But Augustine became disillusioned with these teachings. In 386, Augustine was 31 and was teaching rhetoric (the art of speaking) in Milan in northern Italy. There he found himself surrounded by Christians, including his mother and fellow master rhetorician (and church father) Ambrose. The elder Ambrose was friendly to Augustine, accepting him as an adopted, spiritual son and reintroducing him to Christian teachings. One day, sitting in a garden, Augustine heard a child singing, “tolle, lege” (“Pick it up, read it”), and opened a collection of St. Paul’s epistles at random to Romans 13:13–14:

Let us walk properly as in the daytime, not in orgies and drunkenness, not in sexual immorality and sensuality, not in quarreling and jealousy. But put on the Lord Jesus Christ, and make no provision for the flesh, to gratify its desires.

Augustine was convicted by these words and judged this moment as the beginning of his conversion. Ambrose baptized Augustine on Easter Vigil 387, and Augustine was ordained in 391, serving as a priest in the city of Hippo Regius (also in modern-day Algeria) and becoming bishop a short four years later in 395.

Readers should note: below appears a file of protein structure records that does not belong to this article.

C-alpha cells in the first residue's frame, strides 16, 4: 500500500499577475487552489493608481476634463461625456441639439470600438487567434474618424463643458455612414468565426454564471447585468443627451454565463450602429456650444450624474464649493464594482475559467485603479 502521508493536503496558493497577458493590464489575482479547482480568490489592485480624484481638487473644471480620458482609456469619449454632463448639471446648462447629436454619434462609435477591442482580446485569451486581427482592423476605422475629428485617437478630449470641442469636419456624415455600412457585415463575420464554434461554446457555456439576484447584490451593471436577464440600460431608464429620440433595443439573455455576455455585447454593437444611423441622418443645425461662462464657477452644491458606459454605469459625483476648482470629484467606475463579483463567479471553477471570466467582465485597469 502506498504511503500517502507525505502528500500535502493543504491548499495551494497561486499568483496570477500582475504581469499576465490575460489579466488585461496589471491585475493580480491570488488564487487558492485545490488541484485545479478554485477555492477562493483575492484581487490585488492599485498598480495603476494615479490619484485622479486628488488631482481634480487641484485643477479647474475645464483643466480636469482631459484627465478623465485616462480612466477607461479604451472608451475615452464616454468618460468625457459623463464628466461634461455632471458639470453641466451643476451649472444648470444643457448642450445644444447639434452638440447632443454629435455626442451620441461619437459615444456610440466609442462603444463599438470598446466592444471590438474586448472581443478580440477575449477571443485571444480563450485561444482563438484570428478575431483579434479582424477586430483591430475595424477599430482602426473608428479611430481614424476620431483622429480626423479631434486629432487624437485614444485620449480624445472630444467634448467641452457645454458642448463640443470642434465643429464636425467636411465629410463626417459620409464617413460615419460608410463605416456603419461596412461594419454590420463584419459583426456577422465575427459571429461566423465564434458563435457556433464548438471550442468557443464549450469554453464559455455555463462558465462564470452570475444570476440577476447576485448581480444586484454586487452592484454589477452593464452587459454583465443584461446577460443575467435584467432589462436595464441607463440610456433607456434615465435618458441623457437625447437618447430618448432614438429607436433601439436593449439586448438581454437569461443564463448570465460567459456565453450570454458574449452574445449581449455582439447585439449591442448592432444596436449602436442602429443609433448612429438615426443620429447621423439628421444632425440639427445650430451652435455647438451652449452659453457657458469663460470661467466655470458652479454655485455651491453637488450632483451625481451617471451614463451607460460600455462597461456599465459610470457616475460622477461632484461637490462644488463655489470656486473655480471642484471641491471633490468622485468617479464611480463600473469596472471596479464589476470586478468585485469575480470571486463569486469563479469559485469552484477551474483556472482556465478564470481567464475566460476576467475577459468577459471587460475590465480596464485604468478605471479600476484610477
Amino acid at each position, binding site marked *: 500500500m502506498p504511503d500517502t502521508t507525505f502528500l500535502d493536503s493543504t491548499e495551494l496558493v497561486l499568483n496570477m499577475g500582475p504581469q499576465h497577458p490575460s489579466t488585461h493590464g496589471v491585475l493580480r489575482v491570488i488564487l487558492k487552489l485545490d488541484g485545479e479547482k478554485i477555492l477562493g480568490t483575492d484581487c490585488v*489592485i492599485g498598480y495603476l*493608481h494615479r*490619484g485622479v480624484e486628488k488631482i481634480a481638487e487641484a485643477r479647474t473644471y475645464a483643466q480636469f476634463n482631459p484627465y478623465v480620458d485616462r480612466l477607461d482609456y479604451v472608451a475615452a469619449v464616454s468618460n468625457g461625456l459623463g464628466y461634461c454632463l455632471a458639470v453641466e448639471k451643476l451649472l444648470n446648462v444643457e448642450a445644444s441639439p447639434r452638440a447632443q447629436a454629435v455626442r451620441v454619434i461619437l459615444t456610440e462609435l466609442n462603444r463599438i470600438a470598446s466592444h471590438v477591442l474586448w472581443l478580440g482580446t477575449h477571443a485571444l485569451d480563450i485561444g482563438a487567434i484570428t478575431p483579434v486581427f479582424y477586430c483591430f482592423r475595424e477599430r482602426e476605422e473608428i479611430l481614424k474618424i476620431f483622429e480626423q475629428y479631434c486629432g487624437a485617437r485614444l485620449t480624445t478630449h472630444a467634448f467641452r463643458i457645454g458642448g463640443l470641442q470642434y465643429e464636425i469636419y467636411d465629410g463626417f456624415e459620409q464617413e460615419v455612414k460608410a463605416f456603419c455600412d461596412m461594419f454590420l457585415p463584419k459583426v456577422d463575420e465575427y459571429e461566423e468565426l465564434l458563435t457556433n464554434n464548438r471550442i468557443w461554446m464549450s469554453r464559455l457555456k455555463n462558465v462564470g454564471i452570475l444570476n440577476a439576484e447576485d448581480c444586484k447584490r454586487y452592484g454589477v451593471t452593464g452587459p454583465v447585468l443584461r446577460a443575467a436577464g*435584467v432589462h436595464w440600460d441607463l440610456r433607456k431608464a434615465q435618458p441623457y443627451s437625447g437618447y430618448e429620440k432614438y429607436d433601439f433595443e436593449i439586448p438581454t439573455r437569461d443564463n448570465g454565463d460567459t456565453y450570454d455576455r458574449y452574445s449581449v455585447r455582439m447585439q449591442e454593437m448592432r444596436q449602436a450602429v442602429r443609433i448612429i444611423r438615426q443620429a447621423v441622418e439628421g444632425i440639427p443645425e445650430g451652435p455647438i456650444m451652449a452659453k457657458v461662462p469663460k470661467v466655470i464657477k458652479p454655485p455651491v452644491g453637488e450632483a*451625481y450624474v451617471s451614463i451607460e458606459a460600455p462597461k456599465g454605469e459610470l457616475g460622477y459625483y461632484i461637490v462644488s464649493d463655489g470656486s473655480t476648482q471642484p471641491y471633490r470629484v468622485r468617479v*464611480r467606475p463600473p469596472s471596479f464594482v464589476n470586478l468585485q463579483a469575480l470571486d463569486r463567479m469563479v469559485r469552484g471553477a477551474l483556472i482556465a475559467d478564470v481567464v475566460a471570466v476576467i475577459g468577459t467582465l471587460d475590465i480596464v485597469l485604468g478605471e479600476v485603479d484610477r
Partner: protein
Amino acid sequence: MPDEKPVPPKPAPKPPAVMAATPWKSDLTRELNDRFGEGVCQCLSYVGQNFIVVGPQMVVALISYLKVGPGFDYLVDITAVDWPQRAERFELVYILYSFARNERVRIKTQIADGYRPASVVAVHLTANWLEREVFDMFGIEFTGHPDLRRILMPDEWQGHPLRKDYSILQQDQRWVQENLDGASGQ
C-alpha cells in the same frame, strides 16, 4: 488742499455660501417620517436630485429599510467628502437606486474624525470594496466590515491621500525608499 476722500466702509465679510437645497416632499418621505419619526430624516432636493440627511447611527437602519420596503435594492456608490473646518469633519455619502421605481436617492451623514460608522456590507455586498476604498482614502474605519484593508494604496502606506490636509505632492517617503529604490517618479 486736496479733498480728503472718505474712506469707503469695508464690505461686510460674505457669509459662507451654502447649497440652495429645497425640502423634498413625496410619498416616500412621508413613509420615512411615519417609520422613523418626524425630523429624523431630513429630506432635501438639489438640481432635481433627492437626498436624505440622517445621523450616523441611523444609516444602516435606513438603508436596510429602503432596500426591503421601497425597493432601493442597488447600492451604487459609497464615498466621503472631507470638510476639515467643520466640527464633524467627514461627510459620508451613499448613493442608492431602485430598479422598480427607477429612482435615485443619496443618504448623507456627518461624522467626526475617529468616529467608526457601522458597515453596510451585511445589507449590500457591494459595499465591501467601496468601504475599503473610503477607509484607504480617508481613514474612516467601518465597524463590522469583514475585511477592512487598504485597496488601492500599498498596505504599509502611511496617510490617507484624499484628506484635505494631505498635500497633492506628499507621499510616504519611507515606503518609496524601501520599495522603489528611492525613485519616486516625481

Defending the church against heresy

Because of his training in rhetoric, Augustine was a phenomenal preacher and used his skill in writing and speaking to spread the Gospel, teach sound doctrine, and correct theological errors. Augustine notably preached against the Manicheanism he had previously believed, as well as the teachings of the British heretical theologian Pelagius. Pelagius taught that you could stop sinning. He said that humans had totally free will, and could, if they chose sincerely and tried hard enough, fully obey God’s commandments.